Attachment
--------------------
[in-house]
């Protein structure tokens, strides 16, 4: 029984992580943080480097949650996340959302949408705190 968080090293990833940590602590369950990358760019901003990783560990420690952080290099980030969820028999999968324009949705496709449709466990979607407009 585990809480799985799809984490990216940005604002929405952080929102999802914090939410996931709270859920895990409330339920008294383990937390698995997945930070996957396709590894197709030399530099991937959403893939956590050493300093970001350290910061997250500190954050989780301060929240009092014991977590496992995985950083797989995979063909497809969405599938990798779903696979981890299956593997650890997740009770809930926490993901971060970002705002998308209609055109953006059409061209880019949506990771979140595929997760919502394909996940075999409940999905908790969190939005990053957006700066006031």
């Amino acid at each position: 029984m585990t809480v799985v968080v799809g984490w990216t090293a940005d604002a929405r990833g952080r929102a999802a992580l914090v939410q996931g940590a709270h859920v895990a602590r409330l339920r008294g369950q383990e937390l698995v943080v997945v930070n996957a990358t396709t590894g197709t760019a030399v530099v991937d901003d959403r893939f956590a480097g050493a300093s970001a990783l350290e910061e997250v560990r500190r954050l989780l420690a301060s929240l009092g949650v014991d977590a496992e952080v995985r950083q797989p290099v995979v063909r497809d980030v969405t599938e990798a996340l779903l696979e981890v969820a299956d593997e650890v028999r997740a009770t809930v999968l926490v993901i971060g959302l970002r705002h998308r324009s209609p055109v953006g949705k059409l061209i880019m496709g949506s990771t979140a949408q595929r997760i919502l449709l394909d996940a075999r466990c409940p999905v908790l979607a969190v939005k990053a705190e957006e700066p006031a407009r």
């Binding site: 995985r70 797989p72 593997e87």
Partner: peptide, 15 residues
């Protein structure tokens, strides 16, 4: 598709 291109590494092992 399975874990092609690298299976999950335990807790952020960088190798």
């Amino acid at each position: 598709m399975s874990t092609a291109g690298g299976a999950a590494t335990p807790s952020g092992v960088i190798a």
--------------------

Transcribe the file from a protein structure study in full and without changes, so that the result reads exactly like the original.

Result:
[in-house]
């Protein structure tokens, strides 16, 4: 029984992580943080480097949650996340959302949408705190 968080090293990833940590602590369950990358760019901003990783560990420690952080290099980030969820028999999968324009949705496709449709466990979607407009 585990809480799985799809984490990216940005604002929405952080929102999802914090939410996931709270859920895990409330339920008294383990937390698995997945930070996957396709590894197709030399530099991937959403893939956590050493300093970001350290910061997250500190954050989780301060929240009092014991977590496992995985950083797989995979063909497809969405599938990798779903696979981890299956593997650890997740009770809930926490993901971060970002705002998308209609055109953006059409061209880019949506990771979140595929997760919502394909996940075999409940999905908790969190939005990053957006700066006031």
């Amino acid at each position: 029984m585990t809480v799985v968080v799809g984490w990216t090293a940005d604002a929405r990833g952080r929102a999802a992580l914090v939410q996931g940590a709270h859920v895990a602590r409330l339920r008294g369950q383990e937390l698995v943080v997945v930070n996957a990358t396709t590894g197709t760019a030399v530099v991937d901003d959403r893939f956590a480097g050493a300093s970001a990783l350290e910061e997250v560990r500190r954050l989780l420690a301060s929240l009092g949650v014991d977590a496992e952080v995985r950083q797989p290099v995979v063909r497809d980030v969405t599938e990798a996340l779903l696979e981890v969820a299956d593997e650890v028999r997740a009770t809930v999968l926490v993901i971060g959302l970002r705002h998308r324009s209609p055109v953006g949705k059409l061209i880019m496709g949506s990771t979140a949408q595929r997760i919502l449709l394909d996940a075999r466990c409940p999905v908790l979607a969190v939005k990053a705190e957006e700066p006031a407009r």
């Binding site: 995985r70 797989p72 593997e87």
Partner: peptide, 15 residues
């Protein structure tokens, strides 16, 4: 598709 291109590494092992 399975874990092609690298299976999950335990807790952020960088190798």
């Amino acid at each position: 598709m399975s874990t092609a291109g690298g299976a999950a590494t335990p807790s952020g092992v960088i190798a």